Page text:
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Living Like a Parisian at Work and at Home

Kaitlin Olson is an editorial assistant at Simon & Schuster. She spends her spare time reading, singing, and searching for the best croissant and cappuccino in every city she visits.

Last night I read Jennifer L. Scott’s delightful Lessons from Madame Chic, a lifestyle book inspired by her study abroad program in Paris during which, in addition to her university studies, she was tutored by Madame Chic, her host mother, in the art of all things French. Like Jennifer, I studied abroad in Paris in college, where I lived with an equally chic host family. Jennifer’s experience in Paris is my own. In fact, if one were to change a few details (children, arrondisement, country retreat), our host families would look nearly identical. I found myself nodding along with almost everything she mentioned.

At the moment, I am working on Jennifer’s next book At Home with Madame Chic, the follow up to Lessons that shares Jennifer’s tips about creating your best and chic-est home. It comes out in October and is, not coincidentally, also delightful.

Several of the early chapters of Lessons from Madame Chic really struck a chord with me. Many of these focus on how important food and presentation (clothing, beauty, etc.) are to the French. While in France, I adopted many of the French routines: a multi-course meal each night, dressing my best both in and outside the home, taking time to stop and enjoy the arts and culture around me. My host family took the time to introduce me to each quotidian aspect of their lives, and I felt myself grow calmer and more self-assured every day. I’ve kept a few reminders of my Parisian life since I returned to the U.S.: I walk nearly everywhere– upwards of three miles a day– and I still often eat a Parisian breakfast of baguette tartine (bread with butter and jam), coffee, and a mini financier at Eric Kayser when I have the time. Unfortunately, some poor habits have resurfaced as well; I’ve indulged in the American pastime of snacking, and have been prone to leaving my apartment in some less-than-inspired looks. In Paris I curled my hair, did my makeup, made sure that my outfit looked presentable, even in wintertime. I often wore jeans in the winter (because it was truly too cold for skirts), but paired them with one of my beloved and stylish winter coats.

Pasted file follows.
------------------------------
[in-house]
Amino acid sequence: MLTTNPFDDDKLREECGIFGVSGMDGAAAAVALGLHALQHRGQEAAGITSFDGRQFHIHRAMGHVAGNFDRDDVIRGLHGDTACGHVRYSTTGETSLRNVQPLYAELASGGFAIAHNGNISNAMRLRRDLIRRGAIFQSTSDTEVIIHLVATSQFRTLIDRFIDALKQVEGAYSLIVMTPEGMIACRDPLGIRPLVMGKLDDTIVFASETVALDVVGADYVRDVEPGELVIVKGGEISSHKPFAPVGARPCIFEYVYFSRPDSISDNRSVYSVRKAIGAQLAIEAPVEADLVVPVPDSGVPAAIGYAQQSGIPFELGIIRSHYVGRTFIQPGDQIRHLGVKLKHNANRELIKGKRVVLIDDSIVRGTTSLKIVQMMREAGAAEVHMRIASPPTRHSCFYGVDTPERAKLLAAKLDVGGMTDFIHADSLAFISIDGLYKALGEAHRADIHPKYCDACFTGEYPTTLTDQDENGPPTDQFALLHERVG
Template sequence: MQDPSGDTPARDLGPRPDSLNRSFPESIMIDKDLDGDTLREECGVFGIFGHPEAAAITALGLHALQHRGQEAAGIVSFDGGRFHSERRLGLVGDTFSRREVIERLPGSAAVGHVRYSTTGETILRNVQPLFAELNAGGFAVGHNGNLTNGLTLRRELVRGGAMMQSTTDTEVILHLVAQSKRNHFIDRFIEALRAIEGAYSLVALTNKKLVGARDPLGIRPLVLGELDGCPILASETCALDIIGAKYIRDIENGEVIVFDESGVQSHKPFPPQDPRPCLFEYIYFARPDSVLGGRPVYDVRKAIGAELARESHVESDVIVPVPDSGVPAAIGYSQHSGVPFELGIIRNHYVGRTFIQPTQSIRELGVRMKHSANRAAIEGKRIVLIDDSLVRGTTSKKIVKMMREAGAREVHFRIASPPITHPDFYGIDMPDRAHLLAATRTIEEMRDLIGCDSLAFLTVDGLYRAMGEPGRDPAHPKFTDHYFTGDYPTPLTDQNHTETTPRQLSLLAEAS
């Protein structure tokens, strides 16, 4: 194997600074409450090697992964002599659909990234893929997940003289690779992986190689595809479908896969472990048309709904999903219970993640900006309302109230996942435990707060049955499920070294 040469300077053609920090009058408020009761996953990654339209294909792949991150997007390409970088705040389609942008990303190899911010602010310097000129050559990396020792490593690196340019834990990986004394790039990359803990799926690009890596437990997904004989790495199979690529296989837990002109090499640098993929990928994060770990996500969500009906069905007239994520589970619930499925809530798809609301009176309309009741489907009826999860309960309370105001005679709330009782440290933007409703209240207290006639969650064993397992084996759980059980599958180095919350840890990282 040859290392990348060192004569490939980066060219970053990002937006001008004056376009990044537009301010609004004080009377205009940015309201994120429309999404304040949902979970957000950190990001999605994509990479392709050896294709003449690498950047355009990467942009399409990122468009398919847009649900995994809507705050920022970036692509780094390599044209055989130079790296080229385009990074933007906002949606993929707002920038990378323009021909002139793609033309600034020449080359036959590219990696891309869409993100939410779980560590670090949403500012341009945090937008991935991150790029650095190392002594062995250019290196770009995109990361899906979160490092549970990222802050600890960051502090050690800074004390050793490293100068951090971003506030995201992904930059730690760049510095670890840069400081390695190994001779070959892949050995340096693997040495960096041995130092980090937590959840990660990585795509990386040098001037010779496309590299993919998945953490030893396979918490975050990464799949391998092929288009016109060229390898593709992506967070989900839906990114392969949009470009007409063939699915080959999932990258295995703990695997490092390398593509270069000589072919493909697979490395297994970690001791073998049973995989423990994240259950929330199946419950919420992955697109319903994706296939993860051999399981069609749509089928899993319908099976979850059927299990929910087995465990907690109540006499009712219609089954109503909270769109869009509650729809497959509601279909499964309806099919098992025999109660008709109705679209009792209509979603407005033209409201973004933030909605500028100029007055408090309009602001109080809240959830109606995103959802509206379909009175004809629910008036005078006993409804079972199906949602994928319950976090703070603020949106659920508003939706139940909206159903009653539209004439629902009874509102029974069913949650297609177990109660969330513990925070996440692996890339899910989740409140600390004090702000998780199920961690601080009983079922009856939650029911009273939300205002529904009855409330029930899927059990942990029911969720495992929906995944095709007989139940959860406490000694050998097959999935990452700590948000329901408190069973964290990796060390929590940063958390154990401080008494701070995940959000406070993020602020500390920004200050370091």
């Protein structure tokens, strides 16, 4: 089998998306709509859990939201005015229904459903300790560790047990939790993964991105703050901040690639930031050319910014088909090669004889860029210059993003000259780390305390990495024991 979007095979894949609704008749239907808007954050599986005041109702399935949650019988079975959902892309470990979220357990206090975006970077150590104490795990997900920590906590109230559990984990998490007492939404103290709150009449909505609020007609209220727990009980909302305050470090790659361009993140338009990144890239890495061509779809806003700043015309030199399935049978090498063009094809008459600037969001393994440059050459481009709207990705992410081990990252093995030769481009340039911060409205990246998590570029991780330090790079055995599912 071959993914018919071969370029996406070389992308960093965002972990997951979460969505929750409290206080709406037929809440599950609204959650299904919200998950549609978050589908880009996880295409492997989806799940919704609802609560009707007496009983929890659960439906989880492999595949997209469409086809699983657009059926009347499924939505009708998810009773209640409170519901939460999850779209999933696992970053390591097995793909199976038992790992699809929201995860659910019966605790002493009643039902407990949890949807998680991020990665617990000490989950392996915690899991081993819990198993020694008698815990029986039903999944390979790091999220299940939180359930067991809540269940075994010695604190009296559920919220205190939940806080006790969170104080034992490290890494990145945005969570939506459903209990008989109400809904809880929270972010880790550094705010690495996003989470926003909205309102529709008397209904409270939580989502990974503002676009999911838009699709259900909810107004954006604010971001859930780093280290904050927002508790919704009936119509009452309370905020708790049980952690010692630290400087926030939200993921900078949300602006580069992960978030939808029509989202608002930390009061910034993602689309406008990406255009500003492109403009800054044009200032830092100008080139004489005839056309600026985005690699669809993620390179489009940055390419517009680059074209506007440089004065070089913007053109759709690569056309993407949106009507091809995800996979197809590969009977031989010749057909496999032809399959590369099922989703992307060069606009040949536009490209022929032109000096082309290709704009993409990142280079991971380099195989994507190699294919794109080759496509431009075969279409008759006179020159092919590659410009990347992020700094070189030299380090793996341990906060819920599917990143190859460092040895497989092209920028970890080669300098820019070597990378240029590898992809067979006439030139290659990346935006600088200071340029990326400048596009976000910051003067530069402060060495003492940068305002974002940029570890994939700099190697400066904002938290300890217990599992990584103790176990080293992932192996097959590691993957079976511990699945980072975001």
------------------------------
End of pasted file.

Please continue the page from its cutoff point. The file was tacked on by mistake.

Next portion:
Last week at work I found myself looking particularly bedraggled. In my defense, I also had a cold, but I had been feeling distinctly un-put together for several weeks. I missed my coiffed hair, my morning tea, my perfectly chosen outfits– my French-ness — all abandoned in the mad rush out of the door every morning.

After reading Lessons from Madame Chic, I was inspired to recommit myself to the Parisian habits I miss. So this morning I awoke early, curled my hair, put on makeup and a nice dress, and had my baguette tartine, raspberries, and a cup of tea while reading at the dining room table. And I felt like a student of Madame Chic once again.

 


Lessons from Madame Chic
Jennifer L. Scott

When Jennifer Scott, a California girl, went to study abroad in Paris, she found a mentor in her host mother, Madame Chic. Madame Chic taught her the lessons of living a beautiful life, and lucky for us, Jennifer has published those lessons. Her experience reminded me of my own as a student in Paris, which makes me love this book even more.

You can read my full review of LESSONS FROM MADAME CHIC here.

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